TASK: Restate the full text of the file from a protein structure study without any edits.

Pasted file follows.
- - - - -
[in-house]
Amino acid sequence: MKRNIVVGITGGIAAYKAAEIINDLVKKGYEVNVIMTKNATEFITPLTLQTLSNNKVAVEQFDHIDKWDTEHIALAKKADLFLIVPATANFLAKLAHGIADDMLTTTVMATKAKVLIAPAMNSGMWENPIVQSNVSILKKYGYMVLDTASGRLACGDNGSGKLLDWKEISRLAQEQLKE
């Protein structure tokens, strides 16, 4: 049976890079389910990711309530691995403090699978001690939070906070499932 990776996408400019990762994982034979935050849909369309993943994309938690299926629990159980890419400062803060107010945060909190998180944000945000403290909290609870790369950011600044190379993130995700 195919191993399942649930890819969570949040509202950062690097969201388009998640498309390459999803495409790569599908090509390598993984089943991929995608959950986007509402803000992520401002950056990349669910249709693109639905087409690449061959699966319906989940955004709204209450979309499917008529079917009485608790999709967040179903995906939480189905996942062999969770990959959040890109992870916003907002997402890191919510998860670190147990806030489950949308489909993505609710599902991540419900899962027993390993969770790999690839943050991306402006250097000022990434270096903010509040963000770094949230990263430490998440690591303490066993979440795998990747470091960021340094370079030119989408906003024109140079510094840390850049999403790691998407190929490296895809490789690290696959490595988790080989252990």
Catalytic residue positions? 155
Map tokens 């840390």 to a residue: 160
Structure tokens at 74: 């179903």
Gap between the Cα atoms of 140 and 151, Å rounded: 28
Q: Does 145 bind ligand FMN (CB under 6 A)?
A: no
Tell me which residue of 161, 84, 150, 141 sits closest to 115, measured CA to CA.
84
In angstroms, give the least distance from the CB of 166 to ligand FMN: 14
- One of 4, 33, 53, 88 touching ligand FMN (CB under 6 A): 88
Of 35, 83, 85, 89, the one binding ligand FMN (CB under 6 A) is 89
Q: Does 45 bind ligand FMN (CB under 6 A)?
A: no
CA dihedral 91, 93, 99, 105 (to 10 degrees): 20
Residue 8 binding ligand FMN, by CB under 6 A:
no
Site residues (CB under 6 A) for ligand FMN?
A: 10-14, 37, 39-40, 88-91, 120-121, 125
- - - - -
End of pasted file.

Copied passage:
[in-house]
Amino acid sequence: MKRNIVVGITGGIAAYKAAEIINDLVKKGYEVNVIMTKNATEFITPLTLQTLSNNKVAVEQFDHIDKWDTEHIALAKKADLFLIVPATANFLAKLAHGIADDMLTTTVMATKAKVLIAPAMNSGMWENPIVQSNVSILKKYGYMVLDTASGRLACGDNGSGKLLDWKEISRLAQEQLKE
């Protein structure tokens, strides 16, 4: 049976890079389910990711309530691995403090699978001690939070906070499932 990776996408400019990762994982034979935050849909369309993943994309938690299926629990159980890419400062803060107010945060909190998180944000945000403290909290609870790369950011600044190379993130995700 195919191993399942649930890819969570949040509202950062690097969201388009998640498309390459999803495409790569599908090509390598993984089943991929995608959950986007509402803000992520401002950056990349669910249709693109639905087409690449061959699966319906989940955004709204209450979309499917008529079917009485608790999709967040179903995906939480189905996942062999969770990959959040890109992870916003907002997402890191919510998860670190147990806030489950949308489909993505609710599902991540419900899962027993390993969770790999690839943050991306402006250097000022990434270096903010509040963000770094949230990263430490998440690591303490066993979440795998990747470091960021340094370079030119989408906003024109140079510094840390850049999403790691998407190929490296895809490789690290696959490595988790080989252990």
Catalytic residue positions? 155
Map tokens 């840390």 to a residue: 160
Structure tokens at 74: 């179903």
Gap between the Cα atoms of 140 and 151, Å rounded: 28
Q: Does 145 bind ligand FMN (CB under 6 A)?
A: no
Tell me which residue of 161, 84, 150, 141 sits closest to 115, measured CA to CA.
84
In angstroms, give the least distance from the CB of 166 to ligand FMN: 14
- One of 4, 33, 53, 88 touching ligand FMN (CB under 6 A): 88
Of 35, 83, 85, 89, the one binding ligand FMN (CB under 6 A) is 89
Q: Does 45 bind ligand FMN (CB under 6 A)?
A: no
CA dihedral 91, 93, 99, 105 (to 10 degrees): 20
Residue 8 binding ligand FMN, by CB under 6 A:
no
Site residues (CB under 6 A) for ligand FMN?
A: 10-14, 37, 39-40, 88-91, 120-121, 125